I also responded to his sweeping claim that “there is still not one example of an explanation moving from natural to supernatural.”
Before I provide the response I gave, note the sloppy, unqualified nature of his assertion. There is not one example given anywhere, by anybody? No of course not, that’d be absurd and demonstrably false. So then what does he mean here? Does he mean there is not one example that has received universal acclaim from a recognized body of professional scientists? Well okay then, what constitutes a recognized body of professional scientists? And why would that be the criterion rather than something else? And if he does mean something different then what does he mean exactly? Sadly, Jonathan’s statement trades on the inherent ambiguity with which it comes to us.
Setting that problem aside, I responded as follows:
“And then I noted examples from Big Bang cosmology and ethics. I could add ID, including Stephen Meyers’ argument from information which received an extraordinarily favorable review from the famously committed atheist philosopher Thomas Nagel.”
Now are you ready for Jonathan’s response to this? Here it is:
“nor is ID [evidence of people moving toward supernaturalism] since that is continuing an age-old notion that Goddidit anyway. They just never moved on from medieval times. Plus it is ONLY proposed by theists and is an utterly minority view.”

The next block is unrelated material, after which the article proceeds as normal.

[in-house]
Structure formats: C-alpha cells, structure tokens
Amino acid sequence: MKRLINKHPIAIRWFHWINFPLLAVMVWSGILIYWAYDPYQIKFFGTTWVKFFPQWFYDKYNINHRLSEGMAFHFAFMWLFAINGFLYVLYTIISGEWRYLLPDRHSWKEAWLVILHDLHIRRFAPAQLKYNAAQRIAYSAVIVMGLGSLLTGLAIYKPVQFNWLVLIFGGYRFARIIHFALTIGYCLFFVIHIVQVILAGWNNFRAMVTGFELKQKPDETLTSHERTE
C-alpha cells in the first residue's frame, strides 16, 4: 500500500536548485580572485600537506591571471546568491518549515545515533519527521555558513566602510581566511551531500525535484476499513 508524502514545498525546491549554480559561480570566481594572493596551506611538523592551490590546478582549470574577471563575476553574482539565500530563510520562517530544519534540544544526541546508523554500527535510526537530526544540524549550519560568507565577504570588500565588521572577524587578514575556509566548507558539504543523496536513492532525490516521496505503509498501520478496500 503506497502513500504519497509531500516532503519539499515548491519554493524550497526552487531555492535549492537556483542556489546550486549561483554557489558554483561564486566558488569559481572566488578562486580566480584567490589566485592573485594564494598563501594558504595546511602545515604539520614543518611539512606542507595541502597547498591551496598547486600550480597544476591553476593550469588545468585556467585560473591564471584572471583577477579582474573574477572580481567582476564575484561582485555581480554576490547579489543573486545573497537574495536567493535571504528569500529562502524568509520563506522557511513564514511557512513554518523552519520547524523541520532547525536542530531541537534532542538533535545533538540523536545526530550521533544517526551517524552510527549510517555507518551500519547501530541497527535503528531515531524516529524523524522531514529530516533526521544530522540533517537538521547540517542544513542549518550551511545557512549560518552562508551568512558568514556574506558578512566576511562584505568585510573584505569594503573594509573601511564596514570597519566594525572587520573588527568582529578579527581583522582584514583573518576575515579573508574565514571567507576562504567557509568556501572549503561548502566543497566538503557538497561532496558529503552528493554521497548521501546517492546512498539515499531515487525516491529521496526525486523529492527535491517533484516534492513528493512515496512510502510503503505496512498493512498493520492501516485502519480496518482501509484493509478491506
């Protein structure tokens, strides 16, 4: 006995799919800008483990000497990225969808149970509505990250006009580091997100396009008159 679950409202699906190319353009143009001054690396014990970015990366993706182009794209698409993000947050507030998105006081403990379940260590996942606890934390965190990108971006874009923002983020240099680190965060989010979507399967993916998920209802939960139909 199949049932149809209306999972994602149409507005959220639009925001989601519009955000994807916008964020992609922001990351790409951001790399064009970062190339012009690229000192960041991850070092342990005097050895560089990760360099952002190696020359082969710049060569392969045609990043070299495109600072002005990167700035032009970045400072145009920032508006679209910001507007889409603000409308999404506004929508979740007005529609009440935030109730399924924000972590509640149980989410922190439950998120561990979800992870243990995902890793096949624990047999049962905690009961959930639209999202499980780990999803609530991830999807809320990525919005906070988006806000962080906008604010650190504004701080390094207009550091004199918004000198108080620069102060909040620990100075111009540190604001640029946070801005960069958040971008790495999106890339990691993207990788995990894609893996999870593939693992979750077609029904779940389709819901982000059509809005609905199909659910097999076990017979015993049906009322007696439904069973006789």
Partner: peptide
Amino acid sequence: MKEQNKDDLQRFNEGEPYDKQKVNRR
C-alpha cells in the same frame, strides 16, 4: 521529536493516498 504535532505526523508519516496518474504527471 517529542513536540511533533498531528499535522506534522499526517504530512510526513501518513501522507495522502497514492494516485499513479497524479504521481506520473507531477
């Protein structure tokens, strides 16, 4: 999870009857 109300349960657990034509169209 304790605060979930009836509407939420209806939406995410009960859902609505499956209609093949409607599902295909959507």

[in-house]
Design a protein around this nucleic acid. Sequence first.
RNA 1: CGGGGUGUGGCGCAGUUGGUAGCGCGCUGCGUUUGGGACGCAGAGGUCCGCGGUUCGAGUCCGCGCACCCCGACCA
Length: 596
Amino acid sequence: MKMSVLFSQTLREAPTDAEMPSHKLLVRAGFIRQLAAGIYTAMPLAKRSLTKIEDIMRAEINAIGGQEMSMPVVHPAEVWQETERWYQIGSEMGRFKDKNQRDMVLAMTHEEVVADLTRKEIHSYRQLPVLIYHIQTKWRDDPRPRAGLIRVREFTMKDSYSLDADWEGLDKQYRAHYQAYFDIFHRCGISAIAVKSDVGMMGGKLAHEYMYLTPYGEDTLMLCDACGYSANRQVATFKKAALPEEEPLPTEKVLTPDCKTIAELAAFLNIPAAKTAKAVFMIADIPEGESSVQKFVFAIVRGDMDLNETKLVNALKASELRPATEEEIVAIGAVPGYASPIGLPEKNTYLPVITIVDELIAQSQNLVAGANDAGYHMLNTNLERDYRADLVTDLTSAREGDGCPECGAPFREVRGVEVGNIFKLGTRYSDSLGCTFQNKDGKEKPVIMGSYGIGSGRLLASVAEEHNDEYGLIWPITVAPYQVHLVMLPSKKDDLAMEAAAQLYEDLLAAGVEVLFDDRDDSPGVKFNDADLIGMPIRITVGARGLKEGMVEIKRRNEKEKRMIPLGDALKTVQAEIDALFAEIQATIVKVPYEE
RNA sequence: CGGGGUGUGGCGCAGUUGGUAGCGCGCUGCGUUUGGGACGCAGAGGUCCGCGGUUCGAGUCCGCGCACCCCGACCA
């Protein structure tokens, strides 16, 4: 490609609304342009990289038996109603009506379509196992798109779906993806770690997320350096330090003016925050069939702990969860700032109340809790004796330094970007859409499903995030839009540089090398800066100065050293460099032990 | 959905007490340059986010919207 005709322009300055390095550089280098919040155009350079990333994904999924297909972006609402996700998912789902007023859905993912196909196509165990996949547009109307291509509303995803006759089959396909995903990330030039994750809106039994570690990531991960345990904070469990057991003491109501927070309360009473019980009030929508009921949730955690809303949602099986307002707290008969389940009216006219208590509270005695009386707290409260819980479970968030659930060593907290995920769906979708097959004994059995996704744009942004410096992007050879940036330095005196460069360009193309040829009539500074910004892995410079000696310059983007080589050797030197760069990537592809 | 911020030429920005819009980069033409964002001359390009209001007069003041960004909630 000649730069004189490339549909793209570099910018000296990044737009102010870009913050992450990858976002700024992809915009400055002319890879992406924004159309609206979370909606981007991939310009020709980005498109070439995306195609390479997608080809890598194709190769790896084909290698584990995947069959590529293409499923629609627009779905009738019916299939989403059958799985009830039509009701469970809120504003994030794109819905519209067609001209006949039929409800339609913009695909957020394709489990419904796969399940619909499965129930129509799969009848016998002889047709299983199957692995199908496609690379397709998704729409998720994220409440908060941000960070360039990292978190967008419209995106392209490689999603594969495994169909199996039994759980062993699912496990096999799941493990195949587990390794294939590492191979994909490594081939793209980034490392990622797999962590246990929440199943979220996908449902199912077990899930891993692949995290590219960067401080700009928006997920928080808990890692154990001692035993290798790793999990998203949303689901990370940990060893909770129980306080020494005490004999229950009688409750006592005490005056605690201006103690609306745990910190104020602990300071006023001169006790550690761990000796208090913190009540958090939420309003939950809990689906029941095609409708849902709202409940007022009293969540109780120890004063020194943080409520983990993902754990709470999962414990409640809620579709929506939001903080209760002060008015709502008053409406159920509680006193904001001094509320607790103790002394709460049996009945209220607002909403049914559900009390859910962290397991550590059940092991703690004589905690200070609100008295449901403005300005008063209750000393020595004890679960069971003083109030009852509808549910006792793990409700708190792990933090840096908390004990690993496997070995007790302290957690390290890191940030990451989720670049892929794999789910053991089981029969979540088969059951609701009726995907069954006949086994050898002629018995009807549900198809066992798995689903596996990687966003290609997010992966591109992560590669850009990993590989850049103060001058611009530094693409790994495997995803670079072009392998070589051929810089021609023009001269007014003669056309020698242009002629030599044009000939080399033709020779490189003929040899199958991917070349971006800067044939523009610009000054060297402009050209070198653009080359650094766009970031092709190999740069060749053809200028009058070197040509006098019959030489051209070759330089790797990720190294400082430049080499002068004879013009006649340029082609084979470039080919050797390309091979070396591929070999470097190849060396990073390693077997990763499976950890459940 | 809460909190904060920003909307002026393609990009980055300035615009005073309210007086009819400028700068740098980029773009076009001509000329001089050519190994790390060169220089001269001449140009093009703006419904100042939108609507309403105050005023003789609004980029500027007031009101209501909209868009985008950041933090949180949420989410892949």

Ahh, yes, the “Goddidit” response. How enlightened (by which I mean about as enlightened as “Johnny’s got cooties!”). I’ve addressed that response here and here and here. Never mind that agnostics (Steve Fuller) and atheists (Bradley Monton) defend intelligent design. Never mind that intelligent design is simply the position that intelligence is a legitimate explanatory inference in scientific theorization and thus is committed to the explanatory power of minds whether or not the divine exists. Never mind that, as I noted, Meyer’s book has received very positive reviews from atheists like Thomas Nagel. It is sufficient to chant “Goddidit!” and move on. See no ID. Hear no ID. Speak no ID.
Note as well that Jonathan says ID is proposed only by theists. Not only is this false (see the mention of Steve Fuller and Bradley Monton above) but it is also completely irrelevant anyway. What if theory x was only proposed and defended by atheists? Would that be a cause for Jonathan to reject it?
No, of course not. Because atheists are the good guys!
Finally, the statement that ID is an “utterly minority view” is also irrelevant. The point is that in the last few years the question of intelligence as a theoretical posit has gained significant crediblity, especially as Meyer notes, in the explanation of DNA. Thus that is a clear defeater toward Jonathan’s claim that the modern world consists of a lockstep march toward naturalism.
This brings me to the last observation I made:
“Jonathan when you make your sweeping statements you actually make your case weaker because you show yourself to be a committed ideologue. The credible witness is the one who recognizes the strength of the other side as well.”
I really want to emphasize this point. As Judge Judy says to stumbling witnesses, “If you don’t remember then say ‘I don’t remember!'” You see, it really is true that witnesses to the truth who admit when they’re ignorant, when they don’t remember, when they’re uncertain, are more credible witnesses overall. But the ones who cover their eyes, ears and mouths to dissenting views and disconfirming data are the true ideologues.